Kia Niro

Hybrid crossover is spacious and cheap to run

This is the average score given by leading car publications from 12 reviews
  • Roomy
  • Twin-clutch gearbox
  • Raised driving position
  • Isn't congestion-charge exempt
  • Not that rapid
  • Bland looks

£21,295 - £26,995 Price range


5 Seats


64 - 74 MPG


The Kia Niro is a petrol-electric hybrid that rivals the larger Mitsubishi Outlander PHEV, regular hybrids such as the Toyota Prius and Hyundai Ioniq, and conventional crossovers such as the Renault Captur and Peugeot 2008.

With a boxy body, the Kia is one of the roomier hybrids you can get and the interior is one of its strongest selling points – the material quality is good and so is the build, while passenger space is better than in the Prius.

Being easy and relaxing to drive is the Niro’s main focus so don’t expect it to bring a smile to the face of enthusiasts. Apart from the uninspiring handling the rest of the package is very good, with near-silent running and decent ride quality, as long as you don’t go for the larger alloy wheels.

Powering the Niro is a 1.6-litre petrol engine with around 100hp. The engine is helped by an electric motor producing almost 50hp. The power is transferred to the front wheels through a DSG gearbox that, with its quick shifts, is a blessing compared to the droning CVT gearboxes fitted to most hybrids.

Entry-level models are well-equipped coming with air-conditioning, a DAB digital radio with Bluetooth phone connection and voice commands plus alloy wheels.

If you’re not sure whether it’ll be big enough for your every need, read our dedicated Kia Niro size and dimensions guide.

The Niro keeps it pretty conventional inside compared to more futuristic rivals such as the Toyota Prius. Places you frequently touch are made from soft-touch plastics, although plastics lower down in the cabin are durable, if a little cheap-feeling. The overall sense you get is that of robustness and that is confirmed by the standard seven-year warranty.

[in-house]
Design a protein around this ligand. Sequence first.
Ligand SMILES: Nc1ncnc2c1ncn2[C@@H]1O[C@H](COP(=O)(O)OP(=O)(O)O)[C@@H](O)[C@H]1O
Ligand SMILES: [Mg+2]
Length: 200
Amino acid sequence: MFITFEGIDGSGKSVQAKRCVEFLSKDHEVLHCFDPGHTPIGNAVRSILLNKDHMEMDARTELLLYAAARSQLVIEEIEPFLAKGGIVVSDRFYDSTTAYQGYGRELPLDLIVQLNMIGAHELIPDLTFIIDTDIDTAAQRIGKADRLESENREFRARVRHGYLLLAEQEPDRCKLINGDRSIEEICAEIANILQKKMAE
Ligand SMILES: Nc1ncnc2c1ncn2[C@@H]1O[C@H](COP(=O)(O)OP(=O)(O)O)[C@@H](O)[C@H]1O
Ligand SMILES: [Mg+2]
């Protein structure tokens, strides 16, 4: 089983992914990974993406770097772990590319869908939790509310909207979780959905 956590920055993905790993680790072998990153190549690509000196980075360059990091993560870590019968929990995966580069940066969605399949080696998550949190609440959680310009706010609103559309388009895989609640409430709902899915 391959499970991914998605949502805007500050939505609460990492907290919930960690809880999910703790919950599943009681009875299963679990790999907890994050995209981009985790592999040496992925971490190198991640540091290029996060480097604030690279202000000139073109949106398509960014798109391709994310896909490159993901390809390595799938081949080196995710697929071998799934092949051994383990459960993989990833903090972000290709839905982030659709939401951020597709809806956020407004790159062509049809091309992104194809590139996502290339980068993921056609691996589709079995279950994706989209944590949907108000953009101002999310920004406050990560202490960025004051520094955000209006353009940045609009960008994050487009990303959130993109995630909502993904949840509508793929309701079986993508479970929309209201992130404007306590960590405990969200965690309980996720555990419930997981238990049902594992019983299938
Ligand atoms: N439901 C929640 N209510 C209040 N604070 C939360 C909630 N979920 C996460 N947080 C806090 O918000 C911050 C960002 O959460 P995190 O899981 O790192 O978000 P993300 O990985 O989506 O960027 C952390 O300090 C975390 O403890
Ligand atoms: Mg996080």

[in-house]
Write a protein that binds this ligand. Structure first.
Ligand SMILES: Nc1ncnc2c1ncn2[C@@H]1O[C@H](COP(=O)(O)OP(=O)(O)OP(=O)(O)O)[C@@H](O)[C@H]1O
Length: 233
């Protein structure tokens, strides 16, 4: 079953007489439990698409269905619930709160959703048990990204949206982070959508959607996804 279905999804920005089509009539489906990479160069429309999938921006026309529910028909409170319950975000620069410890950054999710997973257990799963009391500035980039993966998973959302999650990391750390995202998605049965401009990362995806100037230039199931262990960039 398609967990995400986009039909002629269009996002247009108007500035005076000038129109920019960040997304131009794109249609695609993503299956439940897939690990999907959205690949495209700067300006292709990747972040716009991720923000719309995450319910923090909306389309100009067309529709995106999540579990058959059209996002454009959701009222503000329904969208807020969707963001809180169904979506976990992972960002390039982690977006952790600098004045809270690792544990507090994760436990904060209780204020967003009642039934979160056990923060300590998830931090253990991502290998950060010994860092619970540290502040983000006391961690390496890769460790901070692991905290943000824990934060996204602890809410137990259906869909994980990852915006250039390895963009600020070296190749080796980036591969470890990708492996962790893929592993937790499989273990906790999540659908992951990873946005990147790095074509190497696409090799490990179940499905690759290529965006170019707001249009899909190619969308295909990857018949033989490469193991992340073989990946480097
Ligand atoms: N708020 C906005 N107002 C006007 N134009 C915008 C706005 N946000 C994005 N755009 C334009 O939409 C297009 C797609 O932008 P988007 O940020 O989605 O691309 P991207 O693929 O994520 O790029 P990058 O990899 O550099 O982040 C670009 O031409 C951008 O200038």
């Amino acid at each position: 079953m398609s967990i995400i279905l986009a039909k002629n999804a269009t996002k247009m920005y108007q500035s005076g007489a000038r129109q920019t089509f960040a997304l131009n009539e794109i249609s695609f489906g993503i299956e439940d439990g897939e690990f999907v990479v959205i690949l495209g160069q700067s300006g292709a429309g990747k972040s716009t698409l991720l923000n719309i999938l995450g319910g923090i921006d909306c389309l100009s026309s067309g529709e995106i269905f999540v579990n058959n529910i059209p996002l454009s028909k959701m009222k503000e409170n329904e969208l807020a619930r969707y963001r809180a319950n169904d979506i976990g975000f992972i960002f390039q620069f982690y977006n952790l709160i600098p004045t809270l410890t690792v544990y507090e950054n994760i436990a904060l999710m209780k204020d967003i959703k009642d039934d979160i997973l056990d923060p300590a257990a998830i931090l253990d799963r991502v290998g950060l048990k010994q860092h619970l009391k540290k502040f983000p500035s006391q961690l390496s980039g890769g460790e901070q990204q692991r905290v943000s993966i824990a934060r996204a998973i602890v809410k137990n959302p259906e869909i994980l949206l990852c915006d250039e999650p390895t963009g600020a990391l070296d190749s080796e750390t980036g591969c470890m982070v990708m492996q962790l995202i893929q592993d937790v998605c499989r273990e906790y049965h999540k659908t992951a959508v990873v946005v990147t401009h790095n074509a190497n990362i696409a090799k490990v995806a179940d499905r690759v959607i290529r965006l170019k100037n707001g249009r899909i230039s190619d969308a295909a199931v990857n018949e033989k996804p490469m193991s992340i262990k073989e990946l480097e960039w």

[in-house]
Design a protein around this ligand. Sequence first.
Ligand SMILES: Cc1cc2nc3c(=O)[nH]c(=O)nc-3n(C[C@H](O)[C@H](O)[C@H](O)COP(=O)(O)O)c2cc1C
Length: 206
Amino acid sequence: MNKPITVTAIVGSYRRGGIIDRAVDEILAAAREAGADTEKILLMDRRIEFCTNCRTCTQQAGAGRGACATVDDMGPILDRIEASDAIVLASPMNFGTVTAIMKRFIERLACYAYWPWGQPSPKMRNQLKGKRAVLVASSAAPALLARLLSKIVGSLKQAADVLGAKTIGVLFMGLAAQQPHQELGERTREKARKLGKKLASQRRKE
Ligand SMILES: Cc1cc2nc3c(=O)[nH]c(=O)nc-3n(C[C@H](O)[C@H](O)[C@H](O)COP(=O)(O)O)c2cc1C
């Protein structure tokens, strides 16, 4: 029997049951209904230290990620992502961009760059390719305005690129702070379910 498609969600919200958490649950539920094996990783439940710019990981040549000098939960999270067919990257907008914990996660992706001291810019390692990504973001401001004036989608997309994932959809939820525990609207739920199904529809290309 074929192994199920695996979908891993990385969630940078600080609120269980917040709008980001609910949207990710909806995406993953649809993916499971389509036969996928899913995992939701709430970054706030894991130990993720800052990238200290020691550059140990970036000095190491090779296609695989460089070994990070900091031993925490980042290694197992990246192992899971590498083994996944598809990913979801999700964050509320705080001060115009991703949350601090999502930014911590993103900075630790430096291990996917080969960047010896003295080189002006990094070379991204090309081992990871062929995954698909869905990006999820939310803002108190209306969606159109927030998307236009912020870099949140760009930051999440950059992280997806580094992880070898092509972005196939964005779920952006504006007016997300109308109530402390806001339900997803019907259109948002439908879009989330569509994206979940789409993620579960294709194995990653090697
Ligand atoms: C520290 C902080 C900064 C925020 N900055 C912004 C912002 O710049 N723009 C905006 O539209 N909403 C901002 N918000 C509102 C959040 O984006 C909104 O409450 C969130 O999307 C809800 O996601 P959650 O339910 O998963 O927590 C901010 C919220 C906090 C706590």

The standard infotainment system is operated via a seven-inch touchscreen and is easy to use because frequently used functions (such as the sat-nav map and connected media) have their own dedicated buttons on the dashboard. A more advanced system, with a larger eight-inch screen, is optional. It comes with similar features – such as live traffic updates – to BMW’s highly rated iDrive system, although in our experience it’s not quite as slick in operation.

Kia Niro passenger space

Unlike its closest rival, the Prius, which is a hatchback, the Niro has a much more usable crossover body shape. This translates into plenty of room inside and makes the Kia one of the most spacious hybrids on sale. Thanks to a long wheelbase (the distance between the front and rear wheels) there is ample legroom for adults in the back and good amounts of headroom too.

Kia Niro boot space

To maximise boot space the Kia’s batteries are positioned under the rear seats. The Niro is a bit smaller than the Prius, but a 421-litre boot with the seats up is good enough for a small family’s luggage for a week. Fold the seats down and with a capacity 1,425 litres there’s plenty of space for the kit you’ll need for a spot of DIY.

One of the biggest differences between the Kia and most of its hybrid rivals is that the Niro comes with the company’s newly developed six-speed dual-clutch gearbox – providing the family crossover with sharp throttle response and even a sport mode with manual shifting. The shifting speed isn’t as quick as VW’s DSG gearboxes and the Kia does sometimes hold onto a gear, just like a CVT, for longer than you want. Regardless, the Kia’s gearbox is a huge improvement over the CVTs in most other hybrids.